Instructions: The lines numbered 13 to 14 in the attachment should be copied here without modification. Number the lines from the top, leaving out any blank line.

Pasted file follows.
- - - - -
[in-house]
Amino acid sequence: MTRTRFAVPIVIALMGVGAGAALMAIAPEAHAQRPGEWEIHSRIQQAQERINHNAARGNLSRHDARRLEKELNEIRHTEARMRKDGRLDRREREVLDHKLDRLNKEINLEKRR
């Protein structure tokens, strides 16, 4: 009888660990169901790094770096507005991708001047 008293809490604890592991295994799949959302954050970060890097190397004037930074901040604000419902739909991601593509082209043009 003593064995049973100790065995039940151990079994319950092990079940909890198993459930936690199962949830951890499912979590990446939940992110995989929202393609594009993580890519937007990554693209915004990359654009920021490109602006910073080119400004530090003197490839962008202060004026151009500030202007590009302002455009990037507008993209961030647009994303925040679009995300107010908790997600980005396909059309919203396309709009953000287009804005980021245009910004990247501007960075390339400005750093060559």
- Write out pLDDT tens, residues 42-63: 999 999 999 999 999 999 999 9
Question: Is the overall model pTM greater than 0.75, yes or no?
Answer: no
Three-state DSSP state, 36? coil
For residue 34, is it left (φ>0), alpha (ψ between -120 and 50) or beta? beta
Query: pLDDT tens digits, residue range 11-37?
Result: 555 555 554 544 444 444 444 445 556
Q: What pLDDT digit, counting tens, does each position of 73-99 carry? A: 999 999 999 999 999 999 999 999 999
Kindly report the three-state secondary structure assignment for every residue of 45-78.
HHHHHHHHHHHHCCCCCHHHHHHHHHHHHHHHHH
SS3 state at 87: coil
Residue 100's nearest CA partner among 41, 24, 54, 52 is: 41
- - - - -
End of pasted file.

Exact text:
HHHHHHHHHHHHCCCCCHHHHHHHHHHHHHHHHH
SS3 state at 87: coil